Cold snap drives up need for help with food, heating bills
An increasing number of people are turning to the Salvation Army for help
The recent cold snap is taking its toll on household budgets, prompting an increase in the number of people turning to the Salvation Army for help with food and oil bills.
At the Salvation Army's food bank in Sydney this week, Royce Madinsky was one of 30 people in the lineup.
"It seems that everyone I talk to is in the same position," said Madinsky. "The thermometer's up on high all the time and barely does it."
Kathleen Haines said she is struggling to cover her power bill while paying for food and rent.
"I'm in absolute shock — $1,255 for four months," said Haines. "The last bill was $598 so it's greater than my rent. So it presents a hardship."
Nicole MacLean, community ministries co-ordinator for the Salvation Army in Sydney, said she sees a growing number of clients at the food bank this time of year.
"I have a lot of people who call me who are out of oil, or show up here looking for food, because every cent they had just went on their oil bill or their power bill."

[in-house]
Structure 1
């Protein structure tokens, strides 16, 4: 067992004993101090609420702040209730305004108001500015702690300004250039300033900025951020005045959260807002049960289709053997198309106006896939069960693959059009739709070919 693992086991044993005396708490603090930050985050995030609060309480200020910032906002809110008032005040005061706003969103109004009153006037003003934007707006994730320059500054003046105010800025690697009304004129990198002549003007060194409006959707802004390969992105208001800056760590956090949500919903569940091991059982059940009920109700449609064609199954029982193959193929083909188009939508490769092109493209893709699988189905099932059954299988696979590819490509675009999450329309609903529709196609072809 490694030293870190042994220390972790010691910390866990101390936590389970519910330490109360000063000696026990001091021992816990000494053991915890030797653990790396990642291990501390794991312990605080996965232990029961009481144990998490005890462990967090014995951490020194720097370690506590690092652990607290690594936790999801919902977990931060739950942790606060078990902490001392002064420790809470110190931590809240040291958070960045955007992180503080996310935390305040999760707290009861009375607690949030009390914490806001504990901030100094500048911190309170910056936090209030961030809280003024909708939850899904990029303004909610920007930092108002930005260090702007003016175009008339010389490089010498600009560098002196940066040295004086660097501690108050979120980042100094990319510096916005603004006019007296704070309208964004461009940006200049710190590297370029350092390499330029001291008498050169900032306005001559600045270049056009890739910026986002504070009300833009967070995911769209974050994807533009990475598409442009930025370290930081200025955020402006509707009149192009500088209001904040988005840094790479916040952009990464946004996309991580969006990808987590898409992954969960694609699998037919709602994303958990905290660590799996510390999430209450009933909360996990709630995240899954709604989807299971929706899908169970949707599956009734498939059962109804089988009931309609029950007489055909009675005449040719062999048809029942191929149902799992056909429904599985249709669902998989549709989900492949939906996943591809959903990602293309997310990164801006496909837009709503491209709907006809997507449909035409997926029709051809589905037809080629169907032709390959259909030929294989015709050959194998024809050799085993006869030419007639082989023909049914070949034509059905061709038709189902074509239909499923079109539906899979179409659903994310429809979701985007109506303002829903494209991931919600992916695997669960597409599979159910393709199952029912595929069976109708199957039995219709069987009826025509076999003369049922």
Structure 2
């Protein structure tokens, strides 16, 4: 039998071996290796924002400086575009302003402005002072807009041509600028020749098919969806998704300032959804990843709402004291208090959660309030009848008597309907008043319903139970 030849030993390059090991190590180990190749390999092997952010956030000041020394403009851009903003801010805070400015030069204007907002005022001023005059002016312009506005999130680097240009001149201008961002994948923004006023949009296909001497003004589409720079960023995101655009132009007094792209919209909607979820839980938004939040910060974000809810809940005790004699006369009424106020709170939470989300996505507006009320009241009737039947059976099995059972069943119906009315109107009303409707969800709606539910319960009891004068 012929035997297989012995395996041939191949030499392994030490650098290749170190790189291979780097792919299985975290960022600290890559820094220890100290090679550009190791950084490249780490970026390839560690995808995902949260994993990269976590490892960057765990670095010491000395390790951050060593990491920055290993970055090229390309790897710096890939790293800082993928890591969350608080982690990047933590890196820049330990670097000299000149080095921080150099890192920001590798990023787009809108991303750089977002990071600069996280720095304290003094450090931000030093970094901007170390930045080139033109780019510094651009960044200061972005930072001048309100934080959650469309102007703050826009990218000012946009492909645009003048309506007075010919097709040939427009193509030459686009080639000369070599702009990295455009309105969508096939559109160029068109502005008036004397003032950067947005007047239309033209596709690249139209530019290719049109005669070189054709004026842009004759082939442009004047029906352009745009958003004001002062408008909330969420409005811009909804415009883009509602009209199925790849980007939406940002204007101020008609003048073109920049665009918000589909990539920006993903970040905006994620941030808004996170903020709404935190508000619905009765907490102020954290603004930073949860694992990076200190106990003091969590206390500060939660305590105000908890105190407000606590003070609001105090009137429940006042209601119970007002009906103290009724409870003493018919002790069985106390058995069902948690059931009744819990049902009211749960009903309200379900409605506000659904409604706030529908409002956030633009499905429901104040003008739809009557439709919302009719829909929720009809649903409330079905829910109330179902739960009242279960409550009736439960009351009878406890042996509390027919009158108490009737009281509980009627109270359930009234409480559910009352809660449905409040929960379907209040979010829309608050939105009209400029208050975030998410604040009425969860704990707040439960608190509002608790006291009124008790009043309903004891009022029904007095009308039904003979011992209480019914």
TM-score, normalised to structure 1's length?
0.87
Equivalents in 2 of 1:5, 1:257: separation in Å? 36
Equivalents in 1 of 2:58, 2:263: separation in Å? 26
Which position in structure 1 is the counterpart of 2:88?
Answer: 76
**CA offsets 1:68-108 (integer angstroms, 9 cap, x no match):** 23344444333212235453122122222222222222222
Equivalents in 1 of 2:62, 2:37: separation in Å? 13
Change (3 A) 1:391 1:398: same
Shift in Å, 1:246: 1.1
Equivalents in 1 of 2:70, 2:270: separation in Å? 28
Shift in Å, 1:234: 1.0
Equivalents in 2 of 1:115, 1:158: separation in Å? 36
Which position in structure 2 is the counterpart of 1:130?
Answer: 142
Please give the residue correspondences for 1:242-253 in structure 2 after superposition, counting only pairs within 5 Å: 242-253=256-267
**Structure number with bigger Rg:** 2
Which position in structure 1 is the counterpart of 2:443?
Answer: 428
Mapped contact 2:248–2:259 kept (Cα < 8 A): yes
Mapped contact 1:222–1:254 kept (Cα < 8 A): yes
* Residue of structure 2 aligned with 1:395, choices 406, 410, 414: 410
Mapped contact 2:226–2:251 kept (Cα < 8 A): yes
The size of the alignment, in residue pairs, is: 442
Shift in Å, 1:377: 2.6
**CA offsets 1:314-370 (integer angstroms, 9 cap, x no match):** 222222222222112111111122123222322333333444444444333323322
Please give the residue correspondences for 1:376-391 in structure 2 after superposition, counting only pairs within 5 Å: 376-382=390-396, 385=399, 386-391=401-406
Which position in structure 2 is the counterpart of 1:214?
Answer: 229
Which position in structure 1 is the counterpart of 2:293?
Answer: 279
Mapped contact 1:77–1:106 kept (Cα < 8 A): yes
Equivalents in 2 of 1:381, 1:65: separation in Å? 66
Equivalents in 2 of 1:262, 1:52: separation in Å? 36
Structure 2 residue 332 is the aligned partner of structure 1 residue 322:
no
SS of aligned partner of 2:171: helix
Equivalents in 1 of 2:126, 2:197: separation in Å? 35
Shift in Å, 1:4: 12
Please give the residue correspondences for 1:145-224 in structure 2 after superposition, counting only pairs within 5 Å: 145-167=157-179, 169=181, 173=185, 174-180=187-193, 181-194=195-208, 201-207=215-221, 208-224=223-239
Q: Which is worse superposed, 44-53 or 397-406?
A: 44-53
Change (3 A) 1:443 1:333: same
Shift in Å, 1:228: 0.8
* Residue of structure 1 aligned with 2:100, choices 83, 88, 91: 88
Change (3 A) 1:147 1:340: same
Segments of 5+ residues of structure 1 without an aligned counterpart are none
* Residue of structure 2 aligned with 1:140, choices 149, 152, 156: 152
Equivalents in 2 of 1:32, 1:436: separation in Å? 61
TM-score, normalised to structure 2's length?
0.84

The Salvation Army administers the Good Neighbour Energy Fund, which offers a maximum of $400 per applicant to help offset home-heating costs.
The number of applicants is up to 1,545 for this year. There were 1,496 to this date last winter.
The Salvation Army said 57 per cent of the applicants are from Cape Breton.
Those numbers are expected to increase by the time the program ends on April 30.
The provincial government and Nova Scotia Power pay into the fund.
The province is contributing up to $800,000. Nova Scotia Power is providing $150,000, according to Service Nova Scotia.